Celeb interviews

Martel Maxwell – Watch this space

Martel Maxwell is a journalist, broadcaster and presenter with a fascinat ingand highly successful career history. She is now the latest presenter on the popular television show Homes under the Hammer on BBC1, which she  absolutely loves. She talks to Lynda Clark about her exciting life and her new home, and dishes up some good advice for first time buyers

Martel was actually born in London but her heart is most definitely in Scotland; Dundee to be exact. When she was only two years old, Martel’s parents split up and her mother Anne moved to Scotland where she brought her up. Her mother eventually remarried, and Martel, 40, has a sister Holly, 23, to whom she is very close.

“I had a wonderful childhood and I enjoyed school, then I decided to go to university which was pretty unheard of – I was the first person in the family to actually go on to uni. I decided that I would study law, mainly because I fancied myself as a criminal lawyer after watching the television series L.A. Law, which I really enjoyed. But I found that it wasn’t like that in reality at all and we didn’t go to court and wear wigs everyday – it was, in fact, really rather murky. I did my degree and then my diploma at the University of Dundee, which allowed me to practice law, but eventually I made up my mind that this really wasn’t what I wanted to do, so I decided to change my career path.
“I thought that maybe journalism was the route I should take, and strangely enough the two often go hand in hand. You have to have an investigative mind to be either a lawyer or a journalist.”

At that time emails were just beginning to take off, but Martel decided to handwrite a letter to every national newspaper to see if they would take her on. Eventually a woman who worked for The Sun had a spare five minutes and contacted Martel. “She told me about the first graduate trainee programme that they were launching and I decided to apply. It was pretty tough and there were 3,000 applicants. I wanted it so badly though, and I really did my absolute best. I actually called every other day to see if I had got the traineeship – I was that keen.”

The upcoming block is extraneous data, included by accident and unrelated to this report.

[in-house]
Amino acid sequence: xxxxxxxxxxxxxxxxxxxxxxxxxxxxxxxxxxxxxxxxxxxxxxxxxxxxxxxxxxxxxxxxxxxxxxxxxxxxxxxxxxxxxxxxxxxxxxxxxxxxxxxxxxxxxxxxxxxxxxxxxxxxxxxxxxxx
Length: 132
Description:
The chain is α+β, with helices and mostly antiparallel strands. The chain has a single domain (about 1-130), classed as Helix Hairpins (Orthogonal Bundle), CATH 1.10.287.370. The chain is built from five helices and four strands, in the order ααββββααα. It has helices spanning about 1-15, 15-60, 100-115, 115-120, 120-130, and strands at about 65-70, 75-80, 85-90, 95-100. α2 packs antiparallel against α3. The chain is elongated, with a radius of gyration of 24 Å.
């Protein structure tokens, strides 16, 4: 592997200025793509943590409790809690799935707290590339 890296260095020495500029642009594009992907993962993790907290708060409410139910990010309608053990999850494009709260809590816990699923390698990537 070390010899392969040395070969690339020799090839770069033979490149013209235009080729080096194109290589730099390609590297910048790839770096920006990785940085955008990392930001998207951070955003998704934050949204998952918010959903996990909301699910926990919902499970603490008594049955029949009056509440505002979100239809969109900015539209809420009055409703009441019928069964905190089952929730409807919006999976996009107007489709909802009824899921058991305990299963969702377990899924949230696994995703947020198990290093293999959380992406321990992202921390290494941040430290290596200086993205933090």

Martel was obviously a shining star because she beat the other 3,000 hopefuls and began a two-year apprenticeship which started at London’s City University in its prestigious postgraduate print school. “It was such an exciting new start to my life and I loved every moment.

I knew that this was completely the right move and exactly what I wanted to do. I worked in the Manchester, Glasgow and London offices and even did a stint in Australia which was an amazing experience.

“So, after two years of training, I got a call when I was in Sydney from the editor who told me that he felt there were not enough women working in the role of city reporter. I was never great at maths or figures and to be honest I really wasn’t sure I was up for the job! It was very scary and I was confused about what to do for the best.”

She decided to take on the challenge and worked very hard; eventually she covered everything from news, features, sport and finally to Sun Woman where she covered women’s interests. But at that time Martel was a real party girl and enjoyed a very full-on social life. “People at work realised that I was always out and about and eventually I was headhunted and asked to join the Bizarre showbiz desk. It was an absolute dream job and I interviewed so many top-flight stars including Tom Cruise, Nicole Kidman, Sir Sean Connery and Kylie Minogue. I had a wonderful time and was constantly travelling and spending time on the red carpet!”

These experiences inspired her to write her first novel, Scandalous, which was a real insight into the world of showbiz. “It was really my own personal story but disguised; it was fun to write and I enjoyed doing it. But then I felt it was time for a big change as I couldn’t work in the glamorous world of showbiz forever. I decided to move on to the next stage of my career and thought about going freelance. But to be honest, I was very concerned that I would be giving up a good salary and pension. Then, one day when I was walking on the beach with my mum, she gave me possibly the best piece of advice I could ever have had. ’If it feels scary then it’s the right decision, so just go for it,’ she said.”

Martel did just that and she started getting guest appearances on radio and television and wrote an opinion column for the Scottish Sun. One thing soon led to another. “I had a regular show on a radio station in Edinburgh every Saturday morning and as I drove a convertible car someone thought I was a real petrol head and asked if I would co-present a car show. Actually, I was already interested in cars as my mum had been a car saleswoman – so it was really the perfect job! I would say that I was a real grafter and turned my hand to so many different things.”